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Uncle Peter's Amazing Chinese Wedding (2006)

by Lenore Look

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2013698,177 (4.05)1
A Chinese American girl describes the festivities of her uncle's Chinese wedding and the customs behind them.



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A young girl (Jenny) is upset that her favorite Uncle is spending his Saturday getting married instead of spending time with her. Unlike American Culture the bride in this story wears a Red dress. Jenny pulls a sneaky trick on the bride. She ends up telling her mother why she is upset. The bride gives Jenny a gift and tells her that she loves her.

Personal Reaction:
This is very darling, it features the Chinese wedding traditions such as the gifts that were given, the location of the wedding, and the bride’s dress. It also displays a person vs person conflict with the main character. It also had some really nice imagery.

Paint coffee filters to look like butterflies just like in the story. Discuss the meaning or the butterfly in Chinese culture.
Have students write a short story about a relative that they love and have fun with.
Count birdseed, since throwing birdseed is a common tradition. Integrate it into a math lesson. ( )
  avandever | Oct 20, 2017 |
Jenny's favorite uncle is getting married, and this story shows us her love for him as well as what the ceremony for a Chinese wedding looks like.
  edwardcandler | Feb 3, 2017 |
Uncle Peter's Amazing Chinese Wedding by Lenore Look is about a young girl named Jenny who is afraid that she won't be her Uncle Peter's favorite girl anymore once he gets married to his bride Stella, so she goes about trying to spoil the festivities. The feeling of jealousy that Jenny displays is certainly one that most children will relate to. The story is also funny and entertaining. I also think that we need more Multicultural children's books to be read aloud and this is a great example of a diverse book that children would love to have read to them. ( )
  mpielak | Mar 11, 2016 |
Peter, Jenny's favorite uncle, is getting married and everyone is happy, but Jenny. As friends and family get ready for the traditional Chinese wedding, Jenny can only shed a few tears and go along with the events that take place. Everything seems to be falling apart for Jenny because she is worried she will no longer get to hang out with her super cool uncle like she used to.
Jenny attempts to put a stop to the whole thing, hoping she would be able to hold onto her uncle. She tries to pull him away when he reaches out for his bride, Stella. Then Jenny hides the tea when Stella was supposed to serve the family during the traditional tea ceremony.
After the ceremony comes to an end, Peter and Stella say their goodbyes. Jenny, still sulking, is given a pleasant surprise. Stella gave her a small box and allowed her to release the butterflies. Then Stella told Jenny she loved her. At that moment, Jenny completely changed her mind about Stella and welcomed her into the family.
Change can be a scary thing for anyone. Children especially struggle with it, which is why this would be a great story for young readers. Jenny is unwilling to accept change at first, but gladly welcomes Stella into the family in the end. This goes to show that change can be a good thing. It's not as bad as we make it out to be. ( )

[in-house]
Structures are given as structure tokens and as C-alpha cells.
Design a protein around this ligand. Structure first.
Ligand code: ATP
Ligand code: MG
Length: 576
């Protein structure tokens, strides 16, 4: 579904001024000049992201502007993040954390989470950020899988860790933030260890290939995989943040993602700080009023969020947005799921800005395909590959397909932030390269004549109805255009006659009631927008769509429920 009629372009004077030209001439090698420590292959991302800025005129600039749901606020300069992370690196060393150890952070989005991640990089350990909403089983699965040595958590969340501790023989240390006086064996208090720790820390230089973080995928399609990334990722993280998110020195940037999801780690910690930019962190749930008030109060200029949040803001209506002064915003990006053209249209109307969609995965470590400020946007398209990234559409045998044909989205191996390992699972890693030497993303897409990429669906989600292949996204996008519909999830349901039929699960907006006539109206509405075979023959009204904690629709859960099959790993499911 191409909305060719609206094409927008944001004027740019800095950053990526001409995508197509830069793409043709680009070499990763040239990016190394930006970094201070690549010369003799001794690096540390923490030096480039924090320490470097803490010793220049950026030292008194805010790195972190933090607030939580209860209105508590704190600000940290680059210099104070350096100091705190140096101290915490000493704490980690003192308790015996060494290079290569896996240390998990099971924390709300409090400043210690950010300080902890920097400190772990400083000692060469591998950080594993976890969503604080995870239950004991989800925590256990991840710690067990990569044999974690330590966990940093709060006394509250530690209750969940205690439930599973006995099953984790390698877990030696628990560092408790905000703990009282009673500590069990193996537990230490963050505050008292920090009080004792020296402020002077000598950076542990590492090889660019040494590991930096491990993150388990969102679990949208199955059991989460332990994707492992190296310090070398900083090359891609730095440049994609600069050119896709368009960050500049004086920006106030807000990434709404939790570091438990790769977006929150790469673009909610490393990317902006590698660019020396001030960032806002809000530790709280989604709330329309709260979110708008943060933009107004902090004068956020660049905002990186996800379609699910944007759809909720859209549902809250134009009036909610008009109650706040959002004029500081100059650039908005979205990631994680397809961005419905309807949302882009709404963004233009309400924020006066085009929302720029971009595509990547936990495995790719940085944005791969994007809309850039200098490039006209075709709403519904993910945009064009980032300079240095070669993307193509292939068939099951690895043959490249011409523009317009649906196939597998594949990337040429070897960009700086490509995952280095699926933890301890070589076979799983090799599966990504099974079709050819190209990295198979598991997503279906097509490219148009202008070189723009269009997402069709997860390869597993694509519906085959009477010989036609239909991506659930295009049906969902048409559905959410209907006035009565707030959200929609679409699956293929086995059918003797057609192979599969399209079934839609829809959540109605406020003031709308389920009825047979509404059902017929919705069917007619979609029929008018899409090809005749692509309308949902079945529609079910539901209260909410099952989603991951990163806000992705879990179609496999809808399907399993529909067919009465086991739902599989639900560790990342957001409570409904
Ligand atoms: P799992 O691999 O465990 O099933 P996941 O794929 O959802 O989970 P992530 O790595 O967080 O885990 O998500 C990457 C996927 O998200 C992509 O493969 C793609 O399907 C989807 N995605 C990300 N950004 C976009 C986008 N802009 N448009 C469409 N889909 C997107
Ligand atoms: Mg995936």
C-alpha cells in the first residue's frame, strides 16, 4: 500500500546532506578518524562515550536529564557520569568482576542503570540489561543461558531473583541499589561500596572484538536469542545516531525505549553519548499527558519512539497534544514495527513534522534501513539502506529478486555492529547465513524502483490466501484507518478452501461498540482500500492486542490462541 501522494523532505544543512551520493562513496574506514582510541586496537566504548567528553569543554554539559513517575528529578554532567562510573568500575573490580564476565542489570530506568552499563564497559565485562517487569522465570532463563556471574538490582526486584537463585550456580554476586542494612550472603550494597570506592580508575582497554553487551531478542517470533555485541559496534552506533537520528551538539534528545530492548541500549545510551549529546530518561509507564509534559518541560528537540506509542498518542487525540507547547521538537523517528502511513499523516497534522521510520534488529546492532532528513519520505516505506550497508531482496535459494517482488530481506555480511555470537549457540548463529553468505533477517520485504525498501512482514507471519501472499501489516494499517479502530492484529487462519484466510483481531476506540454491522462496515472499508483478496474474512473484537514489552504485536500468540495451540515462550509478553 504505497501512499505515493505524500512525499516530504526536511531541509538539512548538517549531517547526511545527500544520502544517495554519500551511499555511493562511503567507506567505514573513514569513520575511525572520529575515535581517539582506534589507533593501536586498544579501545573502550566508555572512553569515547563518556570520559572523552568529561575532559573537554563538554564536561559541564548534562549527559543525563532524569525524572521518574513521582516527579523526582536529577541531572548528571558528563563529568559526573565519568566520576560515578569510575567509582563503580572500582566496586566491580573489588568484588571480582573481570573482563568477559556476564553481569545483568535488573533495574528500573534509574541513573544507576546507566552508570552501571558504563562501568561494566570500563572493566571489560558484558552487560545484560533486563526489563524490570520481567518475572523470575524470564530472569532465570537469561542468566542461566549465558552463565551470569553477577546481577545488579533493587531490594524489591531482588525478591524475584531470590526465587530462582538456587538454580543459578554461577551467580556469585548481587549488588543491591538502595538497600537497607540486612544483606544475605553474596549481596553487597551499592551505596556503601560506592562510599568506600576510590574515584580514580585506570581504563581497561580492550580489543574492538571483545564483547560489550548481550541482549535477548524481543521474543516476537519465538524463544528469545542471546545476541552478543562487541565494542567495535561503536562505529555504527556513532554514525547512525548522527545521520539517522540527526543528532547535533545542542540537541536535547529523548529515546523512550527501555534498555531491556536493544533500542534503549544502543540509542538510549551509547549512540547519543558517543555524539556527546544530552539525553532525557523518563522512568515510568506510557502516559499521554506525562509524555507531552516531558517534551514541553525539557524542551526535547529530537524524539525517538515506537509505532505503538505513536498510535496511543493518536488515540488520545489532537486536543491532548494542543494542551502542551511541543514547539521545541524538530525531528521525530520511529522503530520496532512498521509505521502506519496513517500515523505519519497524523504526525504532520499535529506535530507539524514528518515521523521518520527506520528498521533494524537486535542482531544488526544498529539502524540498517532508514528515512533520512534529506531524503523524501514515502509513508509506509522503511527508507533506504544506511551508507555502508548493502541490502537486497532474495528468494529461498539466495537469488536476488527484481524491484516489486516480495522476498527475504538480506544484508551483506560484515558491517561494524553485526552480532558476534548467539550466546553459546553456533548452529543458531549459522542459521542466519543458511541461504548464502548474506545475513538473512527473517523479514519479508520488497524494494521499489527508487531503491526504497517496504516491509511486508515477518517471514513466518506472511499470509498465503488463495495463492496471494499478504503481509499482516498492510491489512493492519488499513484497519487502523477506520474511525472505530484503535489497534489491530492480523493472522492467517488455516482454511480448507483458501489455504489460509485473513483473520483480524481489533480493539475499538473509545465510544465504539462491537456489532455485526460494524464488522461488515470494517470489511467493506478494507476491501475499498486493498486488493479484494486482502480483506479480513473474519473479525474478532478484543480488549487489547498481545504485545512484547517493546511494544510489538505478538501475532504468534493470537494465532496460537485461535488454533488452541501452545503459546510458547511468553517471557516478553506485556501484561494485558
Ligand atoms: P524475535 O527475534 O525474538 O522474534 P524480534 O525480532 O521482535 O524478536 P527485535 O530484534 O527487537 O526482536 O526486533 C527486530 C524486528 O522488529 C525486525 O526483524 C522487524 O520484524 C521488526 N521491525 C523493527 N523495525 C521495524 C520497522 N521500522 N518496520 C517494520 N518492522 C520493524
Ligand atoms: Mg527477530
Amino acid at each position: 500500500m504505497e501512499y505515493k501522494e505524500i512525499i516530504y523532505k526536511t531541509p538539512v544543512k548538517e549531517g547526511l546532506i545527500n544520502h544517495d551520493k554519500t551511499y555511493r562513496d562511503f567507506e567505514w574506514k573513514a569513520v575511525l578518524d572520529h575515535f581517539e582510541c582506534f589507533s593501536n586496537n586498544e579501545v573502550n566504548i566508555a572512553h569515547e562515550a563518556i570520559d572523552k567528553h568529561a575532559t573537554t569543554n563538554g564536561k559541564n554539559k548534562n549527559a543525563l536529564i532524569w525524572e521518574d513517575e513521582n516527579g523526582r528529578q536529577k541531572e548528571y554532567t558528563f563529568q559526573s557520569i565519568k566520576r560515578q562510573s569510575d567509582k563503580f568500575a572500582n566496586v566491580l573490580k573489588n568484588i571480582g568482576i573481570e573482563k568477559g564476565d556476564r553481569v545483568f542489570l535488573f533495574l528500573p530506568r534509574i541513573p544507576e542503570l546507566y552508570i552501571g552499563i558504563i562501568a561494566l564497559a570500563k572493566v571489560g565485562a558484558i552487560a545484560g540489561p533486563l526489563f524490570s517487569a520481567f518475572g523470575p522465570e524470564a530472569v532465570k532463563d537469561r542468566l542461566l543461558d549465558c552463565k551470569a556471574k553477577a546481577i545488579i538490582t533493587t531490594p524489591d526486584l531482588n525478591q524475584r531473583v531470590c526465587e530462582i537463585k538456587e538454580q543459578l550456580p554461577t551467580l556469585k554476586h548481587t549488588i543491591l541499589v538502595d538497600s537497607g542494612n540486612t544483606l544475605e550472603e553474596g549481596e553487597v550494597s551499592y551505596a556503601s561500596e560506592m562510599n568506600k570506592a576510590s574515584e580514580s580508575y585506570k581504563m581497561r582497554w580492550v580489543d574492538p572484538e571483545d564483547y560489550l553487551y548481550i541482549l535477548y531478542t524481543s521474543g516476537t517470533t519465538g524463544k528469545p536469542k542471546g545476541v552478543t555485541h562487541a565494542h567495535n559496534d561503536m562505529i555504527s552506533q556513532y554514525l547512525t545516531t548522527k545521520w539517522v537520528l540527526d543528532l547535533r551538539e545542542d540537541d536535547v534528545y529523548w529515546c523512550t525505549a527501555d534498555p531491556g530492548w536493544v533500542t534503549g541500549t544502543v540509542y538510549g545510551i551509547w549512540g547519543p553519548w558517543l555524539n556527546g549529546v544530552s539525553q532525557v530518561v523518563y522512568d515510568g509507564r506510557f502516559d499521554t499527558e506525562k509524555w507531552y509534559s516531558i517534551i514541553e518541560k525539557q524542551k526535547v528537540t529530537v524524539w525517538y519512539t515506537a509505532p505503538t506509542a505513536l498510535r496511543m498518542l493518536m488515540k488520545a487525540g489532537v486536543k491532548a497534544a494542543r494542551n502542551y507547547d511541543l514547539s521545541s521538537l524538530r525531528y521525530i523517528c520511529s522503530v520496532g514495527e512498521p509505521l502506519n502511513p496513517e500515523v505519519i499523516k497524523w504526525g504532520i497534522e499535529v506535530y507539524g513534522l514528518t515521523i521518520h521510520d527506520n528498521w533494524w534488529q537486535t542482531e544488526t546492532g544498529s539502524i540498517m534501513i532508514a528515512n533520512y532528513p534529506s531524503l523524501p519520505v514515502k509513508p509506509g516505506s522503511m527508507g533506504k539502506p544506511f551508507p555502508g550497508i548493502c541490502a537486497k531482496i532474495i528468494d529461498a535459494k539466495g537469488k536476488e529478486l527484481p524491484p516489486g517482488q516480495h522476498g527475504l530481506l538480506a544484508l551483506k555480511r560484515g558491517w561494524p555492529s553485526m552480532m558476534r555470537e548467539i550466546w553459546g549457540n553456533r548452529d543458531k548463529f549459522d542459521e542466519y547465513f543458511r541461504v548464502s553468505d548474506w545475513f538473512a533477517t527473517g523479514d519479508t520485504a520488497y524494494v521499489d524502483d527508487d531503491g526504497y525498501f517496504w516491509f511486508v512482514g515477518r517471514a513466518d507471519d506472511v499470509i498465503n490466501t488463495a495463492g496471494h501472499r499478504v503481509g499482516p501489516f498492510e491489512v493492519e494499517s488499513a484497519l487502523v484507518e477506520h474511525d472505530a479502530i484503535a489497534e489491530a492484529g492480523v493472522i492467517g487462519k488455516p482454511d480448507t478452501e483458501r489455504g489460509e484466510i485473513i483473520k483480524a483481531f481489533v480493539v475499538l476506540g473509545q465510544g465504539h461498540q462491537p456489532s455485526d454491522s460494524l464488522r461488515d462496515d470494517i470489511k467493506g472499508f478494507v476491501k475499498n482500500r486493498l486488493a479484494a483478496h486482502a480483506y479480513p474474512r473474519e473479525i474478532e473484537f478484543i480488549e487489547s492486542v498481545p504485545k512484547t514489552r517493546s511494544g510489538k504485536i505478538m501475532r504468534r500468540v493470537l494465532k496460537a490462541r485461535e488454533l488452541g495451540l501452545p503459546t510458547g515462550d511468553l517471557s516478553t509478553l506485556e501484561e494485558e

srmorgan | Mar 3, 2016 |
Jenny's favorite uncle, Peter, is getting married to Stella and Jenny is none too happy about it. She sufferingly endures the various Chinese wedding traditions: bargaining for the bride, the tea ceremony, the bed-jumping ceremony, the changes of clothes, and yes, the kissing. It seems everyone is happy for Peter except Jenny. Her new aunt Stella doesn't forget her though, and saves a special job for her first and only niece: releasing a box of butterflies at the end of the wedding. The story of loss and jealousy is presented with affection and humor; the description of cultural traditions are not only interesting but fun.
  Salsabrarian | Feb 2, 2016 |
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A Chinese American girl describes the festivities of her uncle's Chinese wedding and the customs behind them.

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The team behind Henry's First-Moon Birthday here follows a boisterous modern-day Chinese family through a traditional wedding and again lets readers in on some unusual customs. Jen once again narrates, teaching about such traditions as bargaining for the bride ("to show how much [the groom will] give for her love")-but with a heavy dose of humor ("First Uncle Peter offers bus tokens. Then an earring")-and bridal clothing ("red red red to bring good luck"). But between the lines, she also reveals her sadness about losing her best buddy-Uncle Peter-to someone else ("I'm his special girl. Just me. I am the jelly on his toast. And the leaves in his tea. Now, I am an umbrella turned inside out"). Nothing seems to go Jen's way: her cousins get candy, while she's left with tofu chips, and during the wedding pictures she feels like "cosmic dust." Fortunately the happy-go-lucky artwork echoes the day's joyous mayhem and provides a clue that she won't be unhappy for long. Heo decorates the pages with background details that tie in with the text-toast with jelly, cooing lovebirds, entwined rings and even the heroine's miserable expression. While the book is a fascinating look at Chinese wedding rituals, it's a standout because of its appealing narrator. With her true-to-life voice, Jen conveys real feeling-making her a memorable model to kids facing change. Ages 4-8.
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